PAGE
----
1. 'On the road stories and images' Food, food and more food - Gambian style.

    We were fortunate enough to be walking around The Gambia during the harvest season so food was pretty abundant. Our daily staple diet, however, seemed to consist of consuming a lot of tapalapa, which is akin to a french baguette but much denser and heavier (leave it to go dry enough, and with a well-aimed over-arm throw, we probably could have taken out one of the many Red Colobus monkeys we encountered along the way! If we were that way inclined of course!!). But, the bread served as a great source of instant energy when we needed a boost on the road - and, if we were lucky enough to come across a street vendor, we could buy it stuffed with locally made sauce of fried chili, onions, tomatoes, spices and black beans ‘niebbe’. Failing that, tinned sardines, mayonnaise or chocolate spread (a particular favourite of our Gambian team mates!) would suffice.

    And, if we were especially lucky to find it, a steaming mug of instant coffee, mixed with syrupy sweetened condensed milk! *A rare treat indeed!

    Images by: Jason Florio, 2009 - taken whilst on ‘A Short Walk in The Gambian Bush - a 930km African odyssey’

    *coffee made this way is found much more in the Senegal border regions of The Gambia. Coffee drinking is prevalent among the Senegalese. And its not just the drinking but  the ritual of making the coffee the way that they do. This ritual is not dissimilar to how the Gambians make their ‘attaya’ Chinese Gunpowder green tea - pouring the mixture from glass to glass until just so (along with copious amounts of white sugar!).

    http://www.flickr.com/photos/expeditionafrica/

     
  2. Our last day on the road unfolds in images of what turned out to be the longest day on the road during the entire 6 weeks of walking around The Gambia, West Africa! As you will see, the cart wheel coming off 3 times throughout the day is the reason we were on the road for almost 24 hours - including sitting around time, waiting for the wheel to be attached - yet again - to the cart!!

    Images: Florio & Jones - Barra to Banjul ferry, Banjul (the capital of The Gambia), Kanifing District, Serrekunda and onwards……..

    December 12th 2009

     
  3. The expedition team make their nightly camp in the grounds of the Kuntaur Agriculture Station in the Central River Region, The Gambia, West Africa.

    Image: Florio-2009 (B&W)

    It was such a peaceful spot to camp in. Just a few feet beyond our campsite was the beautiful Gambia River. A local woman came along with a bucket of fresh fish that her fisherman husband had just caught. So the watchman’s wife very kindly cooked some up for us - along with onions, tomato’s, spices, chilli and rice. Delicious!

    Neil and (p)Hadley were in heaven too…..surrounded by all that grass and a fresh batch of groundnut hay!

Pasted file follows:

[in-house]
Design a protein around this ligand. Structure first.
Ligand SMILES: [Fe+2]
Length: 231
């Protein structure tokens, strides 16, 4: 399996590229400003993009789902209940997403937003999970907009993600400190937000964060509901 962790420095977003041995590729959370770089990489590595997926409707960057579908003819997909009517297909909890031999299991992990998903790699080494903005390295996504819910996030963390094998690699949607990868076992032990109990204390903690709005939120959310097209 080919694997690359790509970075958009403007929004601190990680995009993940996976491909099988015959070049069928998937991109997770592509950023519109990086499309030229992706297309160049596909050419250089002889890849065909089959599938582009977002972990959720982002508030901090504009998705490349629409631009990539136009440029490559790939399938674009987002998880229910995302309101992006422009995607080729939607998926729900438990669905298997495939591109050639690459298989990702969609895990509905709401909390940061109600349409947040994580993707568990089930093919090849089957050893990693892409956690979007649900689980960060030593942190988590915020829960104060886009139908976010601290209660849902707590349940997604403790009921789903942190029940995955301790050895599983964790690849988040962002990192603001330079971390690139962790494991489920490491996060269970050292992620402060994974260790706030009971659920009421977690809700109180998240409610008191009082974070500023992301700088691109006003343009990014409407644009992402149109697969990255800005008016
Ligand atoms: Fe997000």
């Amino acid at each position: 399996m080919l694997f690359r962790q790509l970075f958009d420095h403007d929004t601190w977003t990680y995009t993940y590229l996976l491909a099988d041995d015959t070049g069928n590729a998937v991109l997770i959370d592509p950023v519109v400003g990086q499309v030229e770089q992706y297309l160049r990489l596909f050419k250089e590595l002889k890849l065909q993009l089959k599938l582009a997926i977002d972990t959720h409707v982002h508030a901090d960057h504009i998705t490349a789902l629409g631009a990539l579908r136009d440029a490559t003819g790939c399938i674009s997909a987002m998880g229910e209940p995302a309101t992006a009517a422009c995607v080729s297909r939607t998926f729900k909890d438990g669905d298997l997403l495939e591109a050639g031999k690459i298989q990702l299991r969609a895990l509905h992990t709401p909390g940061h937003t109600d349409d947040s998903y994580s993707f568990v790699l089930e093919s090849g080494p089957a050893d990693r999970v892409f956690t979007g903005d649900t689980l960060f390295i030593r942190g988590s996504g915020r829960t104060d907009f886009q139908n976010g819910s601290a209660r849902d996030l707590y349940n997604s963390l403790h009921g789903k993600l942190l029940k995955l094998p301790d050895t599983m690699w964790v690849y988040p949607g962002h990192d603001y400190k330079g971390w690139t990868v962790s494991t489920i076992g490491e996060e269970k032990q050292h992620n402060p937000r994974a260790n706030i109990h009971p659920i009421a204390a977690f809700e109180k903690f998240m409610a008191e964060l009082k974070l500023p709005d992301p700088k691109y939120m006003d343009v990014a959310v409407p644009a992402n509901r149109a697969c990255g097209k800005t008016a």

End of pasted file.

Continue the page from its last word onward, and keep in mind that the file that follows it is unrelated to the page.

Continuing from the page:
Distance walked to-date: 659km

    Blog entry: 1st December 2009

     
  4. Janneh roasts peanuts on the ground, the very traditional Gambian way - i.e. set them on fire! Once they have reached carcinogenic stage, they are ready to eat - pop the shell between your thumbs (there is a knack to opening them without splintering the shell to bits) then pop the tasty little roasted nut into your mouth. We all always end up with black charcoal covered fingers and mouths!

    Image: Florio-2009 ‘on-the-road shots’ The Gambia, West Africa.

     
  5. Image: Florio-2009 Breakfast on the move, in The Gambia, West Africa

    14th November 2009

    Jones buys tapalapa (local bread) and a delicious traditional bean dish (called nyombeh nyebbeh) for the team from a vendor on the side of the road - ‘mon abatya-tah’ (its very good)!

    Local village women get up during the early hours of the morning to cook the beans with spices, cassava, onions and palm oil, cooked traditionally over a 3-stone fire. The dish is then transferred to a large metal family bowl, covered with a cloth, balanced on their heads and they set out to the nearest main road from their village.

    Often they will take their young daughters with them to help. They find their regular spot on the side of the road (normally in the shade of a big tree as they sun comes up early and it can be in the 90’s by 9am!), sitting among other local women often selling exactly the same food, and wait for locals on their way to work and the tanka’s tanka’s (local mini-bus-like taxis) that come through the villages.

    As we can’t always get this dish - our breakfast usually consists of tapalapa and sardines and if we can’t get sardines, then mayonnaise or chocolate spread (more for the Gambian team members palate than myself or Florio’s). So, to come across the tasty nyombeh nyebbeh is a treat indeed. Hence the beam on my face in this photograph!!

    And the cost of buying 5 of these tasty sandwiches? 1.25Dalassi (1.73GBP/$2.75USD approx) and that feeds and fills the whole team until lunch time!